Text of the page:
On its website, the company notes that it has received complaints from users of the products “unravelling and/or coming apart upon removal and, in some cases, causing users to seek medical attention to remove tampon pieces left in the body.”

There have also been reports of infections, vaginal irritation and “localized vaginal injury,” the company said.

The affected products were sold across Canada. Consumers can look at a code number on the bottom on the box to see if they own affected products.

Click here to see the codes affected

Consumers who aren’t sure whether their product is under recall can go on the company’s website and use their code-checking tool.

Kotex has several other types of tampons that are not affected by the recall, the release noted.

Those who do have recalled tampons are being asked to stop using them immediately.

Health concerns that may arise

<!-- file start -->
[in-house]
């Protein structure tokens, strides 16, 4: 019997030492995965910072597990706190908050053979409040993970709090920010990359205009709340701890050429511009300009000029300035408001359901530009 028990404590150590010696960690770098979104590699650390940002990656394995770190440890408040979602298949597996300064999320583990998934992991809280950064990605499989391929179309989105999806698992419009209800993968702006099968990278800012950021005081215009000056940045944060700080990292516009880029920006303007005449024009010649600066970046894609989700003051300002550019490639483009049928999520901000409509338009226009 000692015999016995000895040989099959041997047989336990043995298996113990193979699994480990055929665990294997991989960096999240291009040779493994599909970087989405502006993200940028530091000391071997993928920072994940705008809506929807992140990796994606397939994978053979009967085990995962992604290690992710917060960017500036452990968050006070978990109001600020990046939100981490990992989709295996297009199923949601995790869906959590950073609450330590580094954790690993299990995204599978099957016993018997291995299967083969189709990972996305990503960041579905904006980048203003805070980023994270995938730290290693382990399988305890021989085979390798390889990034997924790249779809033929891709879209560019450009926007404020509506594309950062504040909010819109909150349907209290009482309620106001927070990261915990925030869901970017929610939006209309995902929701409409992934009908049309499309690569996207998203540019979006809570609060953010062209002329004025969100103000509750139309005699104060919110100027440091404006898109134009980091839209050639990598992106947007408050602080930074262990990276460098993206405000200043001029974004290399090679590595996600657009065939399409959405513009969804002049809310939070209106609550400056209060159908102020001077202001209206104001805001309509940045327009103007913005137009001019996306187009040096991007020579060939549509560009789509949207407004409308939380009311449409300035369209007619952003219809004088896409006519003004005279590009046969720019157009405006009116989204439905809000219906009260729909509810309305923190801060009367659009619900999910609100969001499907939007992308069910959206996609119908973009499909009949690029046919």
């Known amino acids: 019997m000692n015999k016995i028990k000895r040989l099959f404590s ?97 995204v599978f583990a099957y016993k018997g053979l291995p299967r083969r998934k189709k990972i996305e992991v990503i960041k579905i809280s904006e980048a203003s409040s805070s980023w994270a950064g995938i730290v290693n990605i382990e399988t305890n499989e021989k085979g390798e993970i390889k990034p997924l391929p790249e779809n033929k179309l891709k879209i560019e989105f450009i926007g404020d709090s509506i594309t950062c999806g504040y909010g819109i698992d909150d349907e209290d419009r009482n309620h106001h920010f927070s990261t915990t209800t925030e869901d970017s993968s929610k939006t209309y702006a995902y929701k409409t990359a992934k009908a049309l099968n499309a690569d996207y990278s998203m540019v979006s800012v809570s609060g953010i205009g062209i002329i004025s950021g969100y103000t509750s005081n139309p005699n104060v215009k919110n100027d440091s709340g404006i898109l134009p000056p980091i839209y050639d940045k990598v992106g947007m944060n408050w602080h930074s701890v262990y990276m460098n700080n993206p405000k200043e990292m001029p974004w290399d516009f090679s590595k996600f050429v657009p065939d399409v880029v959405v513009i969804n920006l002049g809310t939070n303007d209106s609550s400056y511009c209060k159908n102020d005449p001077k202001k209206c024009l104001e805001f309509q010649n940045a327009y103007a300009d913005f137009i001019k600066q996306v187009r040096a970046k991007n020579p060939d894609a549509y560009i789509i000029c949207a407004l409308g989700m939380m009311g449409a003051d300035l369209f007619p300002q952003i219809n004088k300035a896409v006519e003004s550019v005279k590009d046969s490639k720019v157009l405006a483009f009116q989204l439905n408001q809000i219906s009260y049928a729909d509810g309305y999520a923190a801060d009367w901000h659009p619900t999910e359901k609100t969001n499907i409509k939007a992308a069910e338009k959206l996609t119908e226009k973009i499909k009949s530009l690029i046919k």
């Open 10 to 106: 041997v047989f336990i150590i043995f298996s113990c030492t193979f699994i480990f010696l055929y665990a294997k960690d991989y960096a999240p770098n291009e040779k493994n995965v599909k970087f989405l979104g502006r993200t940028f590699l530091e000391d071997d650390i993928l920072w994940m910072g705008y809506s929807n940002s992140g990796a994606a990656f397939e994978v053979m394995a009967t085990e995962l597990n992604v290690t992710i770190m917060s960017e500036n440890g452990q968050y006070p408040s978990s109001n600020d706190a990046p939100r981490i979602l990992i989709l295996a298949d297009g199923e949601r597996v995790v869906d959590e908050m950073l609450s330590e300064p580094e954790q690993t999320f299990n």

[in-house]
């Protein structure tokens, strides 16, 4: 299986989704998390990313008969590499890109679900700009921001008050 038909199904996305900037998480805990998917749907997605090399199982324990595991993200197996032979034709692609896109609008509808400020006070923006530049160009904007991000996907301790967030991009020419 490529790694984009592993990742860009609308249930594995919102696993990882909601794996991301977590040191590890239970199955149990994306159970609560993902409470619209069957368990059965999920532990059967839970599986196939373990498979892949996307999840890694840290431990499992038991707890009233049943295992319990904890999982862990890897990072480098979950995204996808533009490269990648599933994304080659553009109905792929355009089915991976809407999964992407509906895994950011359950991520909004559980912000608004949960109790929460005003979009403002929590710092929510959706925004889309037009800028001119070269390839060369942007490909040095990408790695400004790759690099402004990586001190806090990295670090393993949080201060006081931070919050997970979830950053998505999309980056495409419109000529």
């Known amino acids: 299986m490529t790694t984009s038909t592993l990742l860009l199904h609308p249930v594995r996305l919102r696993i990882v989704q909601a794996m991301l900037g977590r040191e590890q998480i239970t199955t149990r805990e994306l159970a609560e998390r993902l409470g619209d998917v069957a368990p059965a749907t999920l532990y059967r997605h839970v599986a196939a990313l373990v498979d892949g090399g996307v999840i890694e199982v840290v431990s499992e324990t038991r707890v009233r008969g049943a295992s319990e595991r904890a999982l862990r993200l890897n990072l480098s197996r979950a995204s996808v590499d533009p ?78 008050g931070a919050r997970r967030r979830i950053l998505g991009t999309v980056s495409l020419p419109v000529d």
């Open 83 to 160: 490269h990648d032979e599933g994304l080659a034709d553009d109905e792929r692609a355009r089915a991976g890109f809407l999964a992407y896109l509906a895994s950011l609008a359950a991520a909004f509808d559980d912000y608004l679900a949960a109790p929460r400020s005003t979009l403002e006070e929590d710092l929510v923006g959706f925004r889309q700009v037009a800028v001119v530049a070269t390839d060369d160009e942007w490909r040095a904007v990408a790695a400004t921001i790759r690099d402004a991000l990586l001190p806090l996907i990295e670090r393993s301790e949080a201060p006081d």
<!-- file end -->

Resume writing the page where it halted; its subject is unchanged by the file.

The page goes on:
The company notes that any consumers who fear they have had a vaginal injury with symptoms such as pain, bleeding or other discomfort should seek medical attention.

There is also a possibility consumers affected by the recall could feel vaginal irritation due to infections, which should also be reported to health-care professionals. They are also being told to be vigilant of other symptoms such as hot flashes, nausea and abdominal pain.

Any additional concerns or reports of injury or illness can also be reported to Health Canada via its online complaint form.

Original Article:

Canadian teens need to be more aware of STIs — and it starts with sex ed

Arti Patel
Global News, October 22, 2017

We’ve come a long way from the condom on a banana approach to teach young people how to have safe sex. The teens who make up a chunk of Generation Z, the population raised by the internet, have multiple avenues and resources (including pornography) to learn about foreplay and sex.

And while one 2005 report indicates the proportion of teens between the ages of 15 and 19 having sexual intercourse has decreased — some studies note Gen Z doesn’t have much interest in sex to begin with — there was no change in rates of teens having multiple partners or males not using condoms. Experts say this still puts this age group at risk of sexually transmitted infections (STIs).